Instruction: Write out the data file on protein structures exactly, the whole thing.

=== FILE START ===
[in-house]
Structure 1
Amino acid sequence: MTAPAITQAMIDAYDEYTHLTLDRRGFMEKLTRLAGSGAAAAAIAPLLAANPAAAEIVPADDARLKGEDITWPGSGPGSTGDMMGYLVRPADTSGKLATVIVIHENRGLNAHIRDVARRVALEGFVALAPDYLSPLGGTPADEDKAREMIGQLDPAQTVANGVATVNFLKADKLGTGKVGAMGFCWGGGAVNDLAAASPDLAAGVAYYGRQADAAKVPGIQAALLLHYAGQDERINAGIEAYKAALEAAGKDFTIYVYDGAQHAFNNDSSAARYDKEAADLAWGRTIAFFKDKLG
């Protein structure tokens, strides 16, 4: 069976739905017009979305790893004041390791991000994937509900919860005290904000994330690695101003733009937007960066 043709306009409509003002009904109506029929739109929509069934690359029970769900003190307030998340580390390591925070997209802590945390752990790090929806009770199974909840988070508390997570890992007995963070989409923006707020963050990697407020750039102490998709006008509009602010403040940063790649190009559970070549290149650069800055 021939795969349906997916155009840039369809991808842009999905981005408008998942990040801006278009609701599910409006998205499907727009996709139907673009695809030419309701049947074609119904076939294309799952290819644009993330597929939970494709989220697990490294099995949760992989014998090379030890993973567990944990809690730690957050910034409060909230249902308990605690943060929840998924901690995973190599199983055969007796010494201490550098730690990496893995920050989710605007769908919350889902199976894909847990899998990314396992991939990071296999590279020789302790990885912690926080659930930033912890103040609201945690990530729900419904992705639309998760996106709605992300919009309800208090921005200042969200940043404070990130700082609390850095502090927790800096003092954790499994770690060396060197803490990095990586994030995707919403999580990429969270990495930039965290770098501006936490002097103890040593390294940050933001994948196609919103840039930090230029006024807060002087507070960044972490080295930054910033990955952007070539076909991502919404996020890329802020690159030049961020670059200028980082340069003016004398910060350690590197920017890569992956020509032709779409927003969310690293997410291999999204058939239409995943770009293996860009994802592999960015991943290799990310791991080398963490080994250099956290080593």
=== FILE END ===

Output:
[in-house]
Structure 1
Amino acid sequence: MTAPAITQAMIDAYDEYTHLTLDRRGFMEKLTRLAGSGAAAAAIAPLLAANPAAAEIVPADDARLKGEDITWPGSGPGSTGDMMGYLVRPADTSGKLATVIVIHENRGLNAHIRDVARRVALEGFVALAPDYLSPLGGTPADEDKAREMIGQLDPAQTVANGVATVNFLKADKLGTGKVGAMGFCWGGGAVNDLAAASPDLAAGVAYYGRQADAAKVPGIQAALLLHYAGQDERINAGIEAYKAALEAAGKDFTIYVYDGAQHAFNNDSSAARYDKEAADLAWGRTIAFFKDKLG
């Protein structure tokens, strides 16, 4: 069976739905017009979305790893004041390791991000994937509900919860005290904000994330690695101003733009937007960066 043709306009409509003002009904109506029929739109929509069934690359029970769900003190307030998340580390390591925070997209802590945390752990790090929806009770199974909840988070508390997570890992007995963070989409923006707020963050990697407020750039102490998709006008509009602010403040940063790649190009559970070549290149650069800055 021939795969349906997916155009840039369809991808842009999905981005408008998942990040801006278009609701599910409006998205499907727009996709139907673009695809030419309701049947074609119904076939294309799952290819644009993330597929939970494709989220697990490294099995949760992989014998090379030890993973567990944990809690730690957050910034409060909230249902308990605690943060929840998924901690995973190599199983055969007796010494201490550098730690990496893995920050989710605007769908919350889902199976894909847990899998990314396992991939990071296999590279020789302790990885912690926080659930930033912890103040609201945690990530729900419904992705639309998760996106709605992300919009309800208090921005200042969200940043404070990130700082609390850095502090927790800096003092954790499994770690060396060197803490990095990586994030995707919403999580990429969270990495930039965290770098501006936490002097103890040593390294940050933001994948196609919103840039930090230029006024807060002087507070960044972490080295930054910033990955952007070539076909991502919404996020890329802020690159030049961020670059200028980082340069003016004398910060350690590197920017890569992956020509032709779409927003969310690293997410291999999204058939239409995943770009293996860009994802592999960015991943290799990310791991080398963490080994250099956290080593």